And then he drew something against his own will. Even so, he thought that his father would be happy with his success.
–But that was wrong. His father was sad for his son who had thrown his will aside.
Knowing that now, there was no doubt that Kishitani-san had a feeling in his heart that couldn’t be expressed in mere words.
Kishitani-san wiped off his tears with a sleeve, then slowly looked up.
“I was actually worrying about it. That I couldn’t bring together ‘what I wanted to draw’ and ‘what would become popular’. I had forgotten about my aspirations because of life’s struggles. But now, I’ll follow my father’s dying wish and stop sucking up to what this world wants. I shall draw whatever I want to convey, regardless of whether it will sell.”
Kishitani-san announced as he clenched his fists on his lap.
Being a high school student, I still didn’t know much, but it must be hard to balance dreams, reality and ideals.
“…KIshitani-san, I believe this tea bowl holds one other message. Look at the drawings on it.”
Holmes-san returned the flipped bowl to its original state.
Perplexed, Kishitani-san muttered, “Cherry blossoms… right?”
“Yes, cherry blossoms, which are loved by everyone. Basically, even though Nonomura Ninsei drew something that was widely popular, this tea bowl is still definitely a work of the Nonomura Ninsei brand.”
Kishitani-san was taken aback after hearing that statement.
“It should be fine for you to draw something popular. In fact, it would be difficult to call you a professional if you draw only what you like. The important thing is whether that is your brand of work, or whether your soul is in it. I believe that would be a far cry from mere mimicry.”
Holmes-san spoke calmly as he held the tea bowl compassionately. In response, Kishitani-san cast his eyes down.
After a brief moment of silence, he slowly raised his head, as another stream of tears flowed down.
“…Yagashira-san, I’ve been searching for those words for so long. Thank you so very much.”
He bowed down so low that his forehead was about to touch the tatami mat. Holmes-san hurriedly said, “No, I didn’t do much,” and shook his head.
“…As expected of Seiji-san’s grandson,” the Monzeki said, breathing a sigh of admiration.
While happening to be present in this room, I might have just witnessed the starting point of an amazing manga artist.
–While having those thoughts, I felt goosebumps forming on my skin.
“–Holmes-san, you were seriously amazing again today!”
I exclaimed excitedly while we were walking out of the temple. In response, Holmes-san produced a wry smile.
“You’re exaggerating, Aoi-san.”
“No, I’m not. I was first surprised when you saw the calluses on his hand and deduced that he was a manga artist.”
“Ah, about that… that’s not the actual reason.”
“He had scraps of screentone stuck on his hair and forehead. I knew he was a manga artist because of that, but it was difficult to say that to his face. I then looked at his hands and noticed calluses there, so I decided to use that as the official reason.” Holmes-san shrugged.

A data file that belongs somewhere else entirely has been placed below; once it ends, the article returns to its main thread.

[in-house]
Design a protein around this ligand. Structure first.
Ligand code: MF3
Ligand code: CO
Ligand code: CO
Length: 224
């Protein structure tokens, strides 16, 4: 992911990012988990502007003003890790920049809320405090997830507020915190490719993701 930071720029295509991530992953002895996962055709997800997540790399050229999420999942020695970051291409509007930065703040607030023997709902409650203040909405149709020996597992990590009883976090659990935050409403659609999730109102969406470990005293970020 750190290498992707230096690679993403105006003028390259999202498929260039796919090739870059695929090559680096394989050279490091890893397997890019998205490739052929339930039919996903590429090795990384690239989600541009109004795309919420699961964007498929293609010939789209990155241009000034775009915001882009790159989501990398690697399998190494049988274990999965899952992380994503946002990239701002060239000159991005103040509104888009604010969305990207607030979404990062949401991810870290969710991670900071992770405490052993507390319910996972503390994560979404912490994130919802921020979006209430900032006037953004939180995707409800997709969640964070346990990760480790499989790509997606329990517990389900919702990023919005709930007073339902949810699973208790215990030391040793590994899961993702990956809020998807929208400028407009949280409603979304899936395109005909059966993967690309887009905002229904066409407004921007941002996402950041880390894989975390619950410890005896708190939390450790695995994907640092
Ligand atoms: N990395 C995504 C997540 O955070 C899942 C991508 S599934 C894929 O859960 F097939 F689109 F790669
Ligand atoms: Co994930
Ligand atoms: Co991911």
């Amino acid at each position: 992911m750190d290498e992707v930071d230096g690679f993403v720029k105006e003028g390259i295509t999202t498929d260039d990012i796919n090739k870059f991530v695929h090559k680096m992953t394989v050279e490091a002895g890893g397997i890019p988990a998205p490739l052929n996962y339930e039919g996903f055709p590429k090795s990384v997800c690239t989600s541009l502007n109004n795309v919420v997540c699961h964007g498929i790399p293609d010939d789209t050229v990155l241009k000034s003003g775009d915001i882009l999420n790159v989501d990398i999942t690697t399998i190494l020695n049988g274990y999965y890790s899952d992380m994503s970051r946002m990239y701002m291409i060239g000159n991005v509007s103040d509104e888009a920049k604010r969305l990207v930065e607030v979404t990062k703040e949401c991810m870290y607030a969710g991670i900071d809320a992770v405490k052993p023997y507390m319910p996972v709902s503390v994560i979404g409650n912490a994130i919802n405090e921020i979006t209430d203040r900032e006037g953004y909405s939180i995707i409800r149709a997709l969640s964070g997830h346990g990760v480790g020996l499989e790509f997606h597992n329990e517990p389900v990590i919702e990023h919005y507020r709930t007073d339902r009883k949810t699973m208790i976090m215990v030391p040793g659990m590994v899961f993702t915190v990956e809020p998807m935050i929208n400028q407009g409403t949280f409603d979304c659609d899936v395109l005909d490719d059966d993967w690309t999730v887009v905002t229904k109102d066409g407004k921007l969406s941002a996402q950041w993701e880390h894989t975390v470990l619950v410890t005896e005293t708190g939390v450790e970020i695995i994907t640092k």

I see, so it was because of screentone.
That is certainly unique to manga artists.
However, that power of observation was still amazing. I never noticed that at all.
“But how did you know that his father being opposed to his job, and that he was experiencing some popularity now?”
“As I said earlier, he didn’t want to tell us his profession, and in such cases it is common for parents to be opposed to their line of work. By the intonation of his words, I gathered that he was living in Kanto for quite a long time. Even though he had returned home, he had those bits of screentone stuck on him, meaning that he was still drawing for his manuscript. That is why I thought that he was a popular manga artist.”
“I, I see.”
As expected of Holmes of Teramachi Sanjou.
“Additionally, that explanation about Nonomura Ninsei is something that anyone in this world would know, so it instantly came to me.”
Holmes-san spoke as if his feat earlier was nothing special.
“But you were also amazing afterwards, when you said that ‘cherry blossoms are loved by everyone’. You read into the intentions of Kishitani-san’s father to such depth!”
“There is no evidence to support my claims, though.”
“Still, it was very persuasive.”
“While his father might have truly wanted to convey that message, it is also possible that my selfish thoughts could have gotten mixed in.”
“Yes. As I mentioned earlier, just creating what you like is in the realm of a hobby, and is not professional work. On the other hand, creating whatever is wanted by people of the world, no matter how much personal expression you put in, is considered professional work, I believe.
“I think that professional creators in all ages shoulder the fate of creating whatever is wanted of them, just like even Beethoven and Chopin were desperate to create music that would please the nobles who sponsored them. And that is because art touches the eyes of the people.”
With that assertion, Holmes-san stared at the five-storied pagoda in the temple grounds.
It was intensely elegant, making me think that it was a work of art.
The scene looked picturesque, especially with the fluttering cherry blossoms in it.
That pagoda was undoubtedly built with the intention of catching the eye of a renowned person and pleasing them.
As I had that realization, the spring wind blew through the gap between us and went on its way.